When the Scottish National Portrait Gallery opened on Queen Street, Edinburgh, in 1898, it was partly thanks to this newspaper that such an impressive collection of art could be admired by interested members of the public. To-Day, the Scottish National Portrait Gallery, which has been erected in Queen Street, Edinburgh, is to be formally opened by the Secretary for Scotland, the Marquis of Lothian.
The urgency that marked the 2015 Biennale has given way to introspection in 2017. But outside the main exhibitions and central pavilion, curated by Christine Macel, global issues do push their way to the foreAt the entrance to the Cordiere, the massive former ropeworks that is part of Venice’s Arsenale – the medieval naval dockyard that was once the largest industrial complex in the world – the artist Lee Mingwei has been sitting mending torn clothes.
In Rachel Maclean’s new morality tale, “the only way out is up”. And the only way up is… not very pleasant. If there seemed a possibility that the 29 year-old artist, who trained at Edinburgh College of Art, might rein in her scabrous satire and dark humour for the prestigious setting of the Scottish presentation at the Venice Biennale then the good news is that unlike Pic, the urchin anti-hero of her retelling of the Pinocchio story, Maclean is singularly unwilling to compromise.
Muck Rack makes it simple to find people, tweets, or articles that mention any name, keyword, company, hashtag etc. We've compiled this guide to help you make the most of your search.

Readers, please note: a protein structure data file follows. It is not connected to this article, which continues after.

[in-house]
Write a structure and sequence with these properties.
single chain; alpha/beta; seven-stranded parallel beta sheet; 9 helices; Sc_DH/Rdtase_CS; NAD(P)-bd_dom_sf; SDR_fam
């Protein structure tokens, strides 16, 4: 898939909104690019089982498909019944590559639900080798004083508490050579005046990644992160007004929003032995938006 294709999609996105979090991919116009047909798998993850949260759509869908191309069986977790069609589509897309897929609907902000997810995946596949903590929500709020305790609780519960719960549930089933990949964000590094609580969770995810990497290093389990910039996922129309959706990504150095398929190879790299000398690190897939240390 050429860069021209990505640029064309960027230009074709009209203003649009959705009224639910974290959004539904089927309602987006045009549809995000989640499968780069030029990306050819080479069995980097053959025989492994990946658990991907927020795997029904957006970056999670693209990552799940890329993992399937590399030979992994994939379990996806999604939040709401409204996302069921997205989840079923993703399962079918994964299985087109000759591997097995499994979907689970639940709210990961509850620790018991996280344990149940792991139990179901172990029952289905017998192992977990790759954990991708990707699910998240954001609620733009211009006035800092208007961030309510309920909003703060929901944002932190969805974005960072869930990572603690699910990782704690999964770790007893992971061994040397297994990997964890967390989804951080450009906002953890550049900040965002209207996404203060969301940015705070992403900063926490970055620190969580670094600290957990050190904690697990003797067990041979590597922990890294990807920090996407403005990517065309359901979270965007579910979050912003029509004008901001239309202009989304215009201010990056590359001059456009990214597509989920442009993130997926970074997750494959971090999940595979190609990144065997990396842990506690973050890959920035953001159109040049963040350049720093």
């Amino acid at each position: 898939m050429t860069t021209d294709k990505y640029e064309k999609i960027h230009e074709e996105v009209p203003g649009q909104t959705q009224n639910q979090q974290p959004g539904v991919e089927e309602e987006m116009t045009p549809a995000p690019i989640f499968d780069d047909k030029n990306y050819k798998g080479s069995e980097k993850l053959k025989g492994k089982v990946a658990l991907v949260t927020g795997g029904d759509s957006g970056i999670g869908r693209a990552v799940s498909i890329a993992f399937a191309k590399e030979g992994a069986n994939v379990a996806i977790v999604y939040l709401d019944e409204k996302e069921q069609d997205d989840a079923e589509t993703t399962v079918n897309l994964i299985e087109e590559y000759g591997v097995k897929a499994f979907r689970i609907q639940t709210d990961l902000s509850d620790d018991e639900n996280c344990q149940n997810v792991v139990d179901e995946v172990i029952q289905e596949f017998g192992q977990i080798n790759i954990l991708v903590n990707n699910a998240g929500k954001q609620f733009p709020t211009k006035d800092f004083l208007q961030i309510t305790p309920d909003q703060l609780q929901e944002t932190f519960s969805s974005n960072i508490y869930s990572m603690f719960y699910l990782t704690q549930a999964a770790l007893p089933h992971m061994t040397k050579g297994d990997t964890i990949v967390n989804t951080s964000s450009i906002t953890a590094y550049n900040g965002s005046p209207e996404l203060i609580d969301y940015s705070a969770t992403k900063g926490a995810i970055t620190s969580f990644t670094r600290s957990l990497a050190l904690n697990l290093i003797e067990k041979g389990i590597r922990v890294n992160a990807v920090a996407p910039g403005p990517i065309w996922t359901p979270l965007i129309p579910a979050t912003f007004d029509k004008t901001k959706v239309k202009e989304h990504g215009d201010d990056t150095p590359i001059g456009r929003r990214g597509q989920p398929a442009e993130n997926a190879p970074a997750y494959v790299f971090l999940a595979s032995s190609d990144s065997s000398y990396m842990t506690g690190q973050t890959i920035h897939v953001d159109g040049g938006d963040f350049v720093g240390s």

Selecting a term
Start searching tweets, articles from media outlets, articles mentioned in tweets, journalists'
names, titles and bios with some suggested searches:
Companies or Topics (e.g. iPhone, Microsoft)
Phrases (e.g. "cloud computing") — use quotes to keep the terms together
Twitter handles (e.g. @username) — returns those who have mentioned or replied to
Names (e.g. "David Pogue")
Hashtags (e.g. #sxsw, #london2012)
Bio details (e.g. vegan, Olympics, father)
Muck Rack's Advanced Search allows for many boolean operators.
Find results that mention multiple specified terms, use AND or
+. For example, ensure each result contains both Elon Musk and Mark Zuckerberg by
searching Obama AND Romney or Obama + Romney.
Use the operators OR or , to broaden your search when you'd like either of
multiple terms to appear in results. (This is the default behavior of our search when no operators
are used.) For example, search for democrat OR republican to find results that refer to
Democrats and/or Republicans.
Use NOT or - to subtract results from your search. For
example, searching Disney will yield results about the Walt Disney Company as well as Walt Disney
World Resort. To exclude mentions of Disney World, search for Disney -World or Disney
When using one of these operators with a phrase, enclose it in quotation marks. For example, you can
find results about smartphones excluding Apple's iPhone 4S by searching smartphone -"iPhone
Exact case matching or punctuation
If you're searching for a brand name or keyword that relies on specific punctuation marks or capitalization, you can
find results that match your exact query by adding matchcase: before the keyword you're searching for, like matchcase:E*TRADE .
Use parentheses to separate multiple
boolean phrases. For example, to find journalists talking about having fun in Disney World or
Disneyland, search for ("disney world" OR disneyland) AND fun.
An asterisk can be used to search for any variation of a root word truncated by the asterisk. For example, searching for admin* will return results for administrator, administration, administer, administered, etc.
A near operator is an AND operator where you can control the distance between the words. You can vary the distance the near operation uses by adding a forward slash and number (between 0-99) such as strawberries NEAR/10 "whipped cream", which means the strawberries must exist within 10 words of "whipped cream".